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Tuesday, July 27, 2010

Is UMNO in Self-Implosion Mood?


Factors coupled with the leadership’s failure to launch (err failure to capture the rakyat’s vision that is) is creating a chain of events that is not only making UMNO a laughing stock, but also disunity among the ranks and further isolation from the public. This chain of events is similar to a nuclear implosion, and it seems many are predicting the fall of UMNO not just because of its poor insight into the people’s needs, but also due to its horrendous internal problems.

By Delimma

An atomic (or nuclear) explosion occurs as the radioactive ingredients concoct to accelerate particle movements and bombardments to create an implosion (instead of the conventional explosion) of particles and molecules of the device, thus creating a chain reaction that amplifies the energy (not to mention radioactivity) to preposterous levels. Thus a simple device can create such a horrendous and long lasting damage that the world today is engaged in the whys and why nots of having this device as a fail-safe deterrent to threat.

In Malaysia currently, the debate for safe nuclear technology exemplifies the concerns and fears of Malaysians to the destructive capabilities of nuclear as opposed to its actually carbon free and environmental friendly limitless power should it be used safely. The wisdom of whether we are ready or not for it shall continue to be debated, though it may take some time to actually happen ... maybe a very, very long time.

This is rocket science so many may not be able to gauge its true meaning. But to give an easier to understand example, let us take a more homely and vastly followed matter to elaborate ... UMNO. What nuclear implosion can cause to the environment (not to mention living beings), UMNO seems to be following it to the letter. Still hard to fathom? Here’s the easy explanation.

UMNO doesn’t act like wine. If wine grows and tastes better with age, UMNO seems to be more stale and bitter with age. A 64-year old wine would already be labelled vintage; but a 64-year old UMNO can only be described as pathetic. Whilst its top leaders (who fail to see the new politics unfolding before their eyes) brash around the nation about its accomplishments and history, it seems some leaders at the grassroots level are more concerned with their petty squabbling and inner demons rather than addressing the needs of the rakyat.

The recent spate of reports citing infighting, money politics and alleged rebellion among the ranks justify many Malaysians’ views of the chaotic state this once revered party is in at the present. In Kelantan, where many of its members are already confined to the belief that until and unless the present PAS-led government loses its Islamist image, there can never be a day when UMNO returns to power there. A recently concluded divisional meeting there had to be repeated ... for reasons allegedly involving an attempt to undermine the leadership. This may or may not be the case, but suspicions grew when other divisions in other states began to follow this route.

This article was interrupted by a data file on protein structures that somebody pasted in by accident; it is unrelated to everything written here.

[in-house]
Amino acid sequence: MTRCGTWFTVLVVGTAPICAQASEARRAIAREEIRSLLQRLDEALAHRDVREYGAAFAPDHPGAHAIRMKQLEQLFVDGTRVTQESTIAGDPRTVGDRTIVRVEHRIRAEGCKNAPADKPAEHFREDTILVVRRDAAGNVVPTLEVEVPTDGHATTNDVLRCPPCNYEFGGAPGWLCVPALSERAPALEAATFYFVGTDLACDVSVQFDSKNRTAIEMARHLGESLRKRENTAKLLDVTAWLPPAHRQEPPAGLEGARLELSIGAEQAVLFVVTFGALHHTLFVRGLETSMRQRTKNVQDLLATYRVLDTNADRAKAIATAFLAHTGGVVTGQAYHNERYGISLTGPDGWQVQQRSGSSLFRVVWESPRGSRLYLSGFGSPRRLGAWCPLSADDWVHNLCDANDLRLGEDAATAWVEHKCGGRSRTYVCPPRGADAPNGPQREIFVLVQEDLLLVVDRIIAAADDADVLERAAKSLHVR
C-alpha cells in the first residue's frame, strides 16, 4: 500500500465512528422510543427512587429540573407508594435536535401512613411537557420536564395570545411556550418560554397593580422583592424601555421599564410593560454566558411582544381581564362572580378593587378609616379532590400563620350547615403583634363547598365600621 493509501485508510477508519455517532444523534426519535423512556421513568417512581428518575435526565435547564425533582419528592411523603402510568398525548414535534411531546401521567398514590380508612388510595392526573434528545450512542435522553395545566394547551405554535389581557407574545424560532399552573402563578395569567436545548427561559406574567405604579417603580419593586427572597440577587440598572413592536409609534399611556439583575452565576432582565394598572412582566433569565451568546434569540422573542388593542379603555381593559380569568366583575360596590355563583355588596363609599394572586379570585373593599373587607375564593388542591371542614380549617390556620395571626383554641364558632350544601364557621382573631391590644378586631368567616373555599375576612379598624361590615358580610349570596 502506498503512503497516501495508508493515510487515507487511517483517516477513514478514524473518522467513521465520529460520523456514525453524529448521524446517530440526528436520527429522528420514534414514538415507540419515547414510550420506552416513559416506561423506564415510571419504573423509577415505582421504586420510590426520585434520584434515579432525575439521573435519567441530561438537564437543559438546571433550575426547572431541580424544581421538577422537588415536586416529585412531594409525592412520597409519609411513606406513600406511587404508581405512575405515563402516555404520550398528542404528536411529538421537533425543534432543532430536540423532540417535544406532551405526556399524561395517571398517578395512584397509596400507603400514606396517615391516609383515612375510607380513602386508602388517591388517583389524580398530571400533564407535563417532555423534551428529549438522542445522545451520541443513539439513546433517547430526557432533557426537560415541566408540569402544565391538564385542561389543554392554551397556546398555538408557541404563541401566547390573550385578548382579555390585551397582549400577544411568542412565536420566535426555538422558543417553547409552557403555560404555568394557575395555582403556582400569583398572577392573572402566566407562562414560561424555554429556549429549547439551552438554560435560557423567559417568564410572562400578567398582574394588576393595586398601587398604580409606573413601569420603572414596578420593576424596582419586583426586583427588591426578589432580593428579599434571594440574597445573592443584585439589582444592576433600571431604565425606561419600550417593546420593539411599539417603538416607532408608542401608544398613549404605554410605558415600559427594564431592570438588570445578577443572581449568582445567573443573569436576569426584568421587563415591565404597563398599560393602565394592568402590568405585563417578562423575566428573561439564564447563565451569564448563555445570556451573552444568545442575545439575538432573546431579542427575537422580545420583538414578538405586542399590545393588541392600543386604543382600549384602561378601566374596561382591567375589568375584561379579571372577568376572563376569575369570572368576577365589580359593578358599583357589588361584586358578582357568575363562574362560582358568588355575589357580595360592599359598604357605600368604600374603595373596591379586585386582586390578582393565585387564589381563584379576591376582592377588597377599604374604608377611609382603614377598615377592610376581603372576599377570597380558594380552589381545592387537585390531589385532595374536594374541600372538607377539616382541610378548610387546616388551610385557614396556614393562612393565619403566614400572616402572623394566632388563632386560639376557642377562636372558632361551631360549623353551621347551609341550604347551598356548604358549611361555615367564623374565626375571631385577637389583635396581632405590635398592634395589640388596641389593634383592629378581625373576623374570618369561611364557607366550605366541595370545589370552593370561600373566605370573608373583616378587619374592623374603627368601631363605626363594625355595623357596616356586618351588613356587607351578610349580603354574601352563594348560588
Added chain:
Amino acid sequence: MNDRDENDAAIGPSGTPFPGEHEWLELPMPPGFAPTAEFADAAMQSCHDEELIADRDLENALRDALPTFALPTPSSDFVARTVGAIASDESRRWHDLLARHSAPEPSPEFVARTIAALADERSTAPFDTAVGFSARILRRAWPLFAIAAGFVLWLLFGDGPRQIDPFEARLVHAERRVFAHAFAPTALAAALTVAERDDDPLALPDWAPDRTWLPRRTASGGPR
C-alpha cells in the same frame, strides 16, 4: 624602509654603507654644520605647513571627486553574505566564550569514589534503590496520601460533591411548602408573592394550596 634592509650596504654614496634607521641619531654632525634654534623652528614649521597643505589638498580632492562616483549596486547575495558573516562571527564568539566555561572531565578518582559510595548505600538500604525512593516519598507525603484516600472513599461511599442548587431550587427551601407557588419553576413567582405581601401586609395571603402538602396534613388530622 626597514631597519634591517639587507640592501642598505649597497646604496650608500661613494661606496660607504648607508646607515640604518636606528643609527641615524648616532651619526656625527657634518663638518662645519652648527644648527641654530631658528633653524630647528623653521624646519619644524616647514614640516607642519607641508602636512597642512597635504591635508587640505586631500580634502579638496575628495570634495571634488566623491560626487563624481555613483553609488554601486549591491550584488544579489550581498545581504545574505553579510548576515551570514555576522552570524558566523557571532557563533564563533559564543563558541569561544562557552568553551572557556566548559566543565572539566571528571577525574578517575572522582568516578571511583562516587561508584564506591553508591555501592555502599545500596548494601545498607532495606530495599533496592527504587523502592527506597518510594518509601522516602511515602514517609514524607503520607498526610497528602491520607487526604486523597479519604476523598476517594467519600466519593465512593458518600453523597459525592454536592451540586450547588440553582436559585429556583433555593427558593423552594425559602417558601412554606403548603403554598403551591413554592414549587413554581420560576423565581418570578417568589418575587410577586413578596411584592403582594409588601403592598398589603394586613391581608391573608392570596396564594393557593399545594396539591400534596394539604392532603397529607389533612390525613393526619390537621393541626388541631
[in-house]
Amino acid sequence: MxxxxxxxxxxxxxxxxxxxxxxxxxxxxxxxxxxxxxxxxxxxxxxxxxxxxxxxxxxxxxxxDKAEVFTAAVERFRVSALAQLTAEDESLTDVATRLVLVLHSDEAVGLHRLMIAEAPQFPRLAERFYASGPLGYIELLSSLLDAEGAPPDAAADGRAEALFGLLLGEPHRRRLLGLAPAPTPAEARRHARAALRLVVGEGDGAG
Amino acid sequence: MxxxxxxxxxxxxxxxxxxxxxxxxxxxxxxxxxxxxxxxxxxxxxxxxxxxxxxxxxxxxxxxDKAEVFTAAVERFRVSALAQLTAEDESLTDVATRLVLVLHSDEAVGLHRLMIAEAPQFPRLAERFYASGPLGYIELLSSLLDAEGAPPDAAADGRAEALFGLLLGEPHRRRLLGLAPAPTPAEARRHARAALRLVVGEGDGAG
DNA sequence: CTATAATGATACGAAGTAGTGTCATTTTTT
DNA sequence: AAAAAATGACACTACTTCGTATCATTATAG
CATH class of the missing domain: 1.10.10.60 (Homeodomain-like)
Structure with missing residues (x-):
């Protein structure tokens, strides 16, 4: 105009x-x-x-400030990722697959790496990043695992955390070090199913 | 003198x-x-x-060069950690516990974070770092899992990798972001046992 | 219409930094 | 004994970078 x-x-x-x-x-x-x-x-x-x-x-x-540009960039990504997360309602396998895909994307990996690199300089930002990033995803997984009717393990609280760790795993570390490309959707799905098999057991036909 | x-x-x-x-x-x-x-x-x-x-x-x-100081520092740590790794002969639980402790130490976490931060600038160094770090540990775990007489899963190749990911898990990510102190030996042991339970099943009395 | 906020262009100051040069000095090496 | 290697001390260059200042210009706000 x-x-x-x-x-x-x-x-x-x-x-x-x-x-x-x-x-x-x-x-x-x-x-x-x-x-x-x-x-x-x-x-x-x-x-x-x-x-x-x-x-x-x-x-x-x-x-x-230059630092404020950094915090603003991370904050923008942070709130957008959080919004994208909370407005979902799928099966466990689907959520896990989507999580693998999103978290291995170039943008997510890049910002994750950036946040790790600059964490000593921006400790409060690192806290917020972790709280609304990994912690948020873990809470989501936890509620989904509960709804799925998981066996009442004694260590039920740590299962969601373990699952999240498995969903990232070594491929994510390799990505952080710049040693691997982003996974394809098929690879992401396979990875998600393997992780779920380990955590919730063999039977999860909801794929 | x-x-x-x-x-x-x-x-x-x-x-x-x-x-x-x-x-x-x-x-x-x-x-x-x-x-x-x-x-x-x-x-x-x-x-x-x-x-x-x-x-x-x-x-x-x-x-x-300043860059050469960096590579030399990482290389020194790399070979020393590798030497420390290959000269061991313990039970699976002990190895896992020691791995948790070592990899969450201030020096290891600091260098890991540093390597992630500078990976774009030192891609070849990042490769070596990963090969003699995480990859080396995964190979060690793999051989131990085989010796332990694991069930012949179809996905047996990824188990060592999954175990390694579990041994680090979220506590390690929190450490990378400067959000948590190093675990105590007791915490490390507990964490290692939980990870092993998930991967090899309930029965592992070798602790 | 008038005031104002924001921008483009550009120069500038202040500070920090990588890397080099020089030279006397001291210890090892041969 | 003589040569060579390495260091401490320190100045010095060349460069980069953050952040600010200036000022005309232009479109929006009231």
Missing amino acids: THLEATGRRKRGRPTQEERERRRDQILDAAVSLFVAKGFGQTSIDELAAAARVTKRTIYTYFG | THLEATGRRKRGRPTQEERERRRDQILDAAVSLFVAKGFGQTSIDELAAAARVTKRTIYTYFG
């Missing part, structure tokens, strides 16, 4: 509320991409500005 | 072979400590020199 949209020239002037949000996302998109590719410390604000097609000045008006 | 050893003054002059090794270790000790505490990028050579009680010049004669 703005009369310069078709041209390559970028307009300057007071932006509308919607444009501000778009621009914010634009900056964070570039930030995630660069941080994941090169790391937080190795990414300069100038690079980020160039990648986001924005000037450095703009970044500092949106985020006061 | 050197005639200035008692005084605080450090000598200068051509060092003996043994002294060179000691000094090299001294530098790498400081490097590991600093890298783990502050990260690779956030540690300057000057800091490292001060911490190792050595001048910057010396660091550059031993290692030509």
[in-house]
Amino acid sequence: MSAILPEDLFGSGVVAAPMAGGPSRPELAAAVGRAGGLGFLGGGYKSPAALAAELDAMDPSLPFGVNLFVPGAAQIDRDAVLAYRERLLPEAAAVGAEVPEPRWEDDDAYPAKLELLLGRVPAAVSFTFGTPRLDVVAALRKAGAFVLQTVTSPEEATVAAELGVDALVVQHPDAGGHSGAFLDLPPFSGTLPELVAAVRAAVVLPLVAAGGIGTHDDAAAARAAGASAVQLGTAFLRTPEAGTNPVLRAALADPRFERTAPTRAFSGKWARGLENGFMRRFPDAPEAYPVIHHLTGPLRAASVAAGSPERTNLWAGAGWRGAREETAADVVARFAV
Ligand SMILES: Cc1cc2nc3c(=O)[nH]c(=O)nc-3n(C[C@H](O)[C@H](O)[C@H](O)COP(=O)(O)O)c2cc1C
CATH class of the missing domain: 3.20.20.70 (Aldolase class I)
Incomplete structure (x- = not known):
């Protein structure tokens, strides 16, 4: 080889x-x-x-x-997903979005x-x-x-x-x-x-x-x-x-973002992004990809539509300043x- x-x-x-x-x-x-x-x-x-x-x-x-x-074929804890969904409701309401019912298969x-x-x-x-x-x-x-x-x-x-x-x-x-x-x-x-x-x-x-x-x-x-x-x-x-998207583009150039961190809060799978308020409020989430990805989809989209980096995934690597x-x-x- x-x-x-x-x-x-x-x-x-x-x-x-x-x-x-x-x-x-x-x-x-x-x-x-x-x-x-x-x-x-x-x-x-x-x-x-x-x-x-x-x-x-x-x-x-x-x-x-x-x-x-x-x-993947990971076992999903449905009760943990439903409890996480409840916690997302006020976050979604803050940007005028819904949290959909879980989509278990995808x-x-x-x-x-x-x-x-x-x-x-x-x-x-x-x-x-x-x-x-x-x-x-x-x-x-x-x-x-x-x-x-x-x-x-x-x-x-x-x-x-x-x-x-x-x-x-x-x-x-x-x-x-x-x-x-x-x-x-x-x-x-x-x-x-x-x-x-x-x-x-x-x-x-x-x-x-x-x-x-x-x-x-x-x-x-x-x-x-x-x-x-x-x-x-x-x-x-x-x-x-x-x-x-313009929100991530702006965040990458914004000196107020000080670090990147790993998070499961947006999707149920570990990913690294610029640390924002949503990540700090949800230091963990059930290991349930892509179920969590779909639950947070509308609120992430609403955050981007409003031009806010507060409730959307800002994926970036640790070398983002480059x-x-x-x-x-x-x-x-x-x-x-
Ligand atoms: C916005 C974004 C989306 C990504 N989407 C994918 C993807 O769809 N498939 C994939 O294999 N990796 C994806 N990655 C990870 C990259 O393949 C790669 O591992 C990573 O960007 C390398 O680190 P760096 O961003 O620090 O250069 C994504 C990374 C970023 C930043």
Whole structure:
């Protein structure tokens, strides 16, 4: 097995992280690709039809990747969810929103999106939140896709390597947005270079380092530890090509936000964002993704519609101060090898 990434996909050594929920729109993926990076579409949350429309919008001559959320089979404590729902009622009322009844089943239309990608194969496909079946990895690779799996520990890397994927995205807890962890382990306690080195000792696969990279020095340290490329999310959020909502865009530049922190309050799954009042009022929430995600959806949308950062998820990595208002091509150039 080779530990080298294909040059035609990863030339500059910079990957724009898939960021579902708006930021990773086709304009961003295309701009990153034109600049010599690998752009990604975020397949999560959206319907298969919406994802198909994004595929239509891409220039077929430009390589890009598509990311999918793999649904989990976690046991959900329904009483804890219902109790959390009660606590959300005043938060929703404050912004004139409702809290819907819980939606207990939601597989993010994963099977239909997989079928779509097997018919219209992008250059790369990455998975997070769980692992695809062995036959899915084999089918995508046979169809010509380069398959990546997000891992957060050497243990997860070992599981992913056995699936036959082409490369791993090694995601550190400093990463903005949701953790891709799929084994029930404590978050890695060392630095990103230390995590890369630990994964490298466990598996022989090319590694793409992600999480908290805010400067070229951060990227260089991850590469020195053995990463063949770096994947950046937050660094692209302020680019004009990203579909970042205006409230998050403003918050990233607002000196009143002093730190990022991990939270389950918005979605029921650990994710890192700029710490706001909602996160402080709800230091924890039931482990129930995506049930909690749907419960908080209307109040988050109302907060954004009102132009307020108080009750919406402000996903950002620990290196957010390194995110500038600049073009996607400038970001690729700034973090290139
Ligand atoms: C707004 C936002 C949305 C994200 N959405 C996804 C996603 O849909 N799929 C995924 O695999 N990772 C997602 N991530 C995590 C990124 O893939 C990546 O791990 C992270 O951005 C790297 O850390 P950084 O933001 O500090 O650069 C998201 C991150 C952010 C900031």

In Kedah for example, an UMNO divisional meeting was allegedly interrupted by calls from the members against one of its own who happens to be working with the President. Kedah unfortunately is heading the Kelantan way, although religion has got nothing to do with the state of affairs there. UMNO members at the grassroots level feel that the leadership of the state is going nowhere, since it is being led by an outsider although he is a party deputy president.

Sadly for them, they are poor with choice. A member alleged that about 10 of the state’s divisional UMNO heads do not even reside in Kedah, let alone make paltry visits to serve the constituencies. Coupled with the alleged rebellion, and nearly followed by another division (which allegedly was foiled by invisible hands), UMNO seems set to again lose Kedah. And the leadership squabble is heating up with several camps formed and each not on talking terms to another. Backstabbing and name callings have become a norm there and unfortunately the man tasked to bring control to the state is unable to do so due to his outsider status. What is worse is that his popularity and leadership is adversely affected by the sequence of events – that even his own standing in his native state is compromised. And there are also calls for a new leadership to be appointed from among the state itself, and this has escalated the small yet self-destructive civil war.

We go to Sabah next. The alleged war between the state’s two most influential UMNO groups heated up recently when one group began to distribute a ‘dossier’ of sorts reportedly on allegations of mismanagement and corruption against the leader of the other group. This dossier was not only distributed internally, but also to other BN components, and this has escalated tensions to the extent that development for the poor state has been impeded and delayed. This not only irked UMNO members, it has raised an outcry from other component allies as well as the impoverished people whose needs should have superseded any claims for power and unfortunately money.